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A Bigger Table: Building Messy, Authentic and Hopeful Spiritual Community (Expanded Edition with Study Guide)

John Pavlovitz
Westminster John Knox Press, 232 pages

The word “Christian” is often synonymous these days with bigotry and discrimination, John Pavlovitz notes. His response is to call churches to a wider way of inclusion, laying out his vision for such a church using the metaphor of a bigger table as a remedy for our patterns of exclusion.

“Expanding the table,” he cautions, “isn’t for the faint of heart or the impatient, which is why so few people actually attempt it, but there is something transformative on the other side of it.” He writes skillfully about the tension he experienced between being the pastor he wanted to be, and the pastor the church expected him to be. This expanded edition of his book adds a series of discussion questions for small groups, useful for churches that may want to begin this work of deliberate inclusion. Each week’s suggested program combines scripture, prompts for deeper thought, and ways to connect with others.

John Pavlovitz’ journey and ideas will be familiar to many from his earlier version of this book, his blog and his presence on Twitter.  He invites pastors to be table-setters, who welcome people into genuine community, instead of being managers of buildings and budgets.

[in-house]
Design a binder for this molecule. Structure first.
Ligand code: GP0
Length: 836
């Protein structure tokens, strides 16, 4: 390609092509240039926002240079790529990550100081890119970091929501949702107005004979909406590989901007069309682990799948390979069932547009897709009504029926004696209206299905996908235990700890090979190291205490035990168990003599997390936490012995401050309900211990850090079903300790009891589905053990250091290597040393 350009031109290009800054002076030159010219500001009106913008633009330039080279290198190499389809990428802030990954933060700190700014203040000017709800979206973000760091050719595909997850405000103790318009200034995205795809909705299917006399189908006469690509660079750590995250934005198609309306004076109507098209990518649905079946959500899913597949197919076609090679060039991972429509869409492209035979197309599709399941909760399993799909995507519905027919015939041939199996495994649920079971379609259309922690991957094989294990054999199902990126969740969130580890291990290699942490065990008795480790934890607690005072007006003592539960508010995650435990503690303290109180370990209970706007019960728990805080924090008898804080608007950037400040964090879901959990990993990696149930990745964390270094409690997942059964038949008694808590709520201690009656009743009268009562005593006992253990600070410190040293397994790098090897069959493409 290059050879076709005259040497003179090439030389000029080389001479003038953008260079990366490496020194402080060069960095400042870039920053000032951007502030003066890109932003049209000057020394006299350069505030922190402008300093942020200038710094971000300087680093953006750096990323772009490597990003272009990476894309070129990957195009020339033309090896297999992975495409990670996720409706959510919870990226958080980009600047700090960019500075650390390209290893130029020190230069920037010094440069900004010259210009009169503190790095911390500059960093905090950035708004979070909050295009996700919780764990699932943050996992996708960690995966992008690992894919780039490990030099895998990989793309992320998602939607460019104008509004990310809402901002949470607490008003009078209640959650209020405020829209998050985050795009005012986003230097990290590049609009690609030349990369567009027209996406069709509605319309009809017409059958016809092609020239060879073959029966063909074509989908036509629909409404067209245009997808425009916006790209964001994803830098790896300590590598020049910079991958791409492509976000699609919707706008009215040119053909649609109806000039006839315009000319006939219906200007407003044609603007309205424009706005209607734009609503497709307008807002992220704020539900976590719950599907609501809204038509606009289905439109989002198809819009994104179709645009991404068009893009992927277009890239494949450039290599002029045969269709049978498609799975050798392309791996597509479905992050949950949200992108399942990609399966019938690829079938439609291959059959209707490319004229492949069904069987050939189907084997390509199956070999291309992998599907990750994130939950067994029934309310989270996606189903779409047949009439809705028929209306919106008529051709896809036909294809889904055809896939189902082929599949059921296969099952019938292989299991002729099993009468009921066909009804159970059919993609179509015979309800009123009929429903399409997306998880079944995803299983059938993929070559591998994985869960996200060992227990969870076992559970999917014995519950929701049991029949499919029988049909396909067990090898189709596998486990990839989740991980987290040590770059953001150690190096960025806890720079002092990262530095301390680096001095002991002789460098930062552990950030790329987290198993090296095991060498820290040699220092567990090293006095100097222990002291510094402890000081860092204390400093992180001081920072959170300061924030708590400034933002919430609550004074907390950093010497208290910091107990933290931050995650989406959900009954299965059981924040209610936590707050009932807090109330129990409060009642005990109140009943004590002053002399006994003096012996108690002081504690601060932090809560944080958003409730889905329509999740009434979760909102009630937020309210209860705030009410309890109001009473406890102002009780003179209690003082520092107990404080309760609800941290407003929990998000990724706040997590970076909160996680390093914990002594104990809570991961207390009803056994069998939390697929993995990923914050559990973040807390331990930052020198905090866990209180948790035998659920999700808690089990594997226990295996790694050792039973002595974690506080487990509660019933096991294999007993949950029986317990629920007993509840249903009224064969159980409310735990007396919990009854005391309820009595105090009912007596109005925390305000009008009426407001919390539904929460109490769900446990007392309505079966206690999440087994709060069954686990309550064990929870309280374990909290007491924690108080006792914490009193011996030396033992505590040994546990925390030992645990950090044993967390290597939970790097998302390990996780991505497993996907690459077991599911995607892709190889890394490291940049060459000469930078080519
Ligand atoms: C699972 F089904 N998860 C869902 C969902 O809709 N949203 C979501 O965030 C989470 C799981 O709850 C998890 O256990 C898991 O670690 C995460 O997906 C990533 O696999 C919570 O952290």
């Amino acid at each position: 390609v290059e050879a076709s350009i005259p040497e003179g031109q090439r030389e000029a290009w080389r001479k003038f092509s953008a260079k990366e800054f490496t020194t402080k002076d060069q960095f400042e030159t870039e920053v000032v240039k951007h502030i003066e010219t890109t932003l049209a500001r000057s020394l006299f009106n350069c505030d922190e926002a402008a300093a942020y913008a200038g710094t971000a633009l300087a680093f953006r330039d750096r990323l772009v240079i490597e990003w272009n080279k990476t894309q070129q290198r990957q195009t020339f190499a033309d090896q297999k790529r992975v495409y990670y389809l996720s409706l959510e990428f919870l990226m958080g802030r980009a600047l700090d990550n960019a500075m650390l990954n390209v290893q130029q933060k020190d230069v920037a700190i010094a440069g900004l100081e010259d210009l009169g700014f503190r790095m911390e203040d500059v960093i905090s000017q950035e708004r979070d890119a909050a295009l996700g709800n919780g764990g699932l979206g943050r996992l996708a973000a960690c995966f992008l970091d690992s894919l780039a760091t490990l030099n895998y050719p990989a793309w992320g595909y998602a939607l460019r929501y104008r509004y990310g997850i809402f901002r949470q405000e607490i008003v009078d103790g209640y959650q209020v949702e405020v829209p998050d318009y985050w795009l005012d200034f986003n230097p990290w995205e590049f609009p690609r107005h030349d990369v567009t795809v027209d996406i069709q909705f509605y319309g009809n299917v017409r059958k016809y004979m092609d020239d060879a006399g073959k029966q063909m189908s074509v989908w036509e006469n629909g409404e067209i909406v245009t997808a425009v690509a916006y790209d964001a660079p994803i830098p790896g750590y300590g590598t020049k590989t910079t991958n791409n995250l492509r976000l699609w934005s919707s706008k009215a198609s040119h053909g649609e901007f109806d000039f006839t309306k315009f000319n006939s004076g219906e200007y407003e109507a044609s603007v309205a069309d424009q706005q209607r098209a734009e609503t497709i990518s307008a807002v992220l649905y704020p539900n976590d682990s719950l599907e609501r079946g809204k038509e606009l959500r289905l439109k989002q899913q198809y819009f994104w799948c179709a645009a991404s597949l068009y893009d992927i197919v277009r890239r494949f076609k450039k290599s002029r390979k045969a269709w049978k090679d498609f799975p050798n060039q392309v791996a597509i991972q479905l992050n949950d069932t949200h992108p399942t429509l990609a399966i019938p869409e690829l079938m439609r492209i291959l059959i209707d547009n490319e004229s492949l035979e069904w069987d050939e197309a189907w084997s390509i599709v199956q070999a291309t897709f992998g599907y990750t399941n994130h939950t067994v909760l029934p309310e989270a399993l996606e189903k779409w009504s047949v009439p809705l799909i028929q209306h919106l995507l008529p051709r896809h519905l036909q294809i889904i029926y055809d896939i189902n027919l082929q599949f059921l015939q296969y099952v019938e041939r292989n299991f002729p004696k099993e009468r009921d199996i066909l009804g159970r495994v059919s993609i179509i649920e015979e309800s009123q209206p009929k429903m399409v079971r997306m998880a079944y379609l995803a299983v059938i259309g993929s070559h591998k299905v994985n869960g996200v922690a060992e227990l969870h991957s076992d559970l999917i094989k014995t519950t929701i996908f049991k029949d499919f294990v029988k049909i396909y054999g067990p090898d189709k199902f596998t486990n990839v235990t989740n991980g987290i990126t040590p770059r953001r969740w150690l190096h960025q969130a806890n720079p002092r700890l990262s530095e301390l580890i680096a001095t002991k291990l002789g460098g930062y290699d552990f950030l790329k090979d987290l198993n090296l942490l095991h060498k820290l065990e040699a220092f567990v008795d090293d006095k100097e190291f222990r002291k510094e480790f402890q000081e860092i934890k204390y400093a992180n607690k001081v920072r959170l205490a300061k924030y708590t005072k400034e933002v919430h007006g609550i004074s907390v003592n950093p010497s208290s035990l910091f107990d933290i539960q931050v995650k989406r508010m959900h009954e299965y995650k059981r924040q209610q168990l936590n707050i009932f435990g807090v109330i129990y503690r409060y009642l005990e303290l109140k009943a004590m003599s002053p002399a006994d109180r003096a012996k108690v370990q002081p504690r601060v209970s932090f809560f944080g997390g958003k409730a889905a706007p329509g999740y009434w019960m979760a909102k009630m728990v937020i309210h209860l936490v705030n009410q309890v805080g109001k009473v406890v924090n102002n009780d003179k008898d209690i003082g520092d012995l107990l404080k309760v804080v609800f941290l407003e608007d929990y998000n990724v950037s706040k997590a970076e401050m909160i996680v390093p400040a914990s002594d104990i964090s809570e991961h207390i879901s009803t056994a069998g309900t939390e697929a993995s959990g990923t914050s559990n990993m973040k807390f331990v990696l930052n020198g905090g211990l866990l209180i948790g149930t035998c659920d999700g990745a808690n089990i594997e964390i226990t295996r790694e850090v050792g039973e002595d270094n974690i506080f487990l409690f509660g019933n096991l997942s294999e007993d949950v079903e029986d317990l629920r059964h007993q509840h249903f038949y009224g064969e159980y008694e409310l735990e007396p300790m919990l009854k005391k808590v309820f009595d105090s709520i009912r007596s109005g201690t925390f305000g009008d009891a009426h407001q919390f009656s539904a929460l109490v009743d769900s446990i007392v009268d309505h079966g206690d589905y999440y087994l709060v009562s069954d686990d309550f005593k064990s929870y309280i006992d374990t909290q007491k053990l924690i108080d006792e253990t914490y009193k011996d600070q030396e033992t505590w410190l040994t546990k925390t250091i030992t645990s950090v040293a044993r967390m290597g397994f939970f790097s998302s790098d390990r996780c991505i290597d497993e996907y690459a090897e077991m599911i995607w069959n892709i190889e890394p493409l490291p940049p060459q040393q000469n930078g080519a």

Even after leaving his evangelical church, his background continues to shape his view of the church. “Most churches,” he says, “start like this: start with a Main Person, who will drive the whole thing…[then] Put a Ministry Team around the Main Guy.” This limited view of the church makes the book less useful to those who serve in longer-established congregations, in churches without abundant funds and high tech equipment, or in city churches with new neighbors around them.

His vision of the “bigger table” of the church is focused on the LGBTQ+ community, where he rightly notes that the church has a wealth of work to do to be fully inclusive. He doesn’t seem to notice that women, immigrants, and Black, Asian and other people of color still labor for full inclusion in the church.

Pavlovitz is passionate about inclusion, and, in his enthusiasm, he somehow believes this is new work. He fails to give credit to the people who have been working for decades for the full inclusion of the LGBTQ+ community in church life. He sometimes sounds as if he’s the first person to discover that people have been excluded from the church. “Right now,” he writes, “I am two years into the daily work of building faith communities that embody radical hospitality, true diversity, real authenticity, and agenda-free community.”

If you want to delve into a book on this topic, you might seek out the writing of someone who is two decades into this work, or find the voices of people who find themselves on the margins of the church. There’s an odd irony in giving a book contract, and paying big money to a straight, white man to talk about inclusion when there are so many other people who can speak from their own experience to this deep need in the church.

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Mary Austin is the Pastor of Gaithersburg Presbyterian Church in Gaithersburg, Maryland.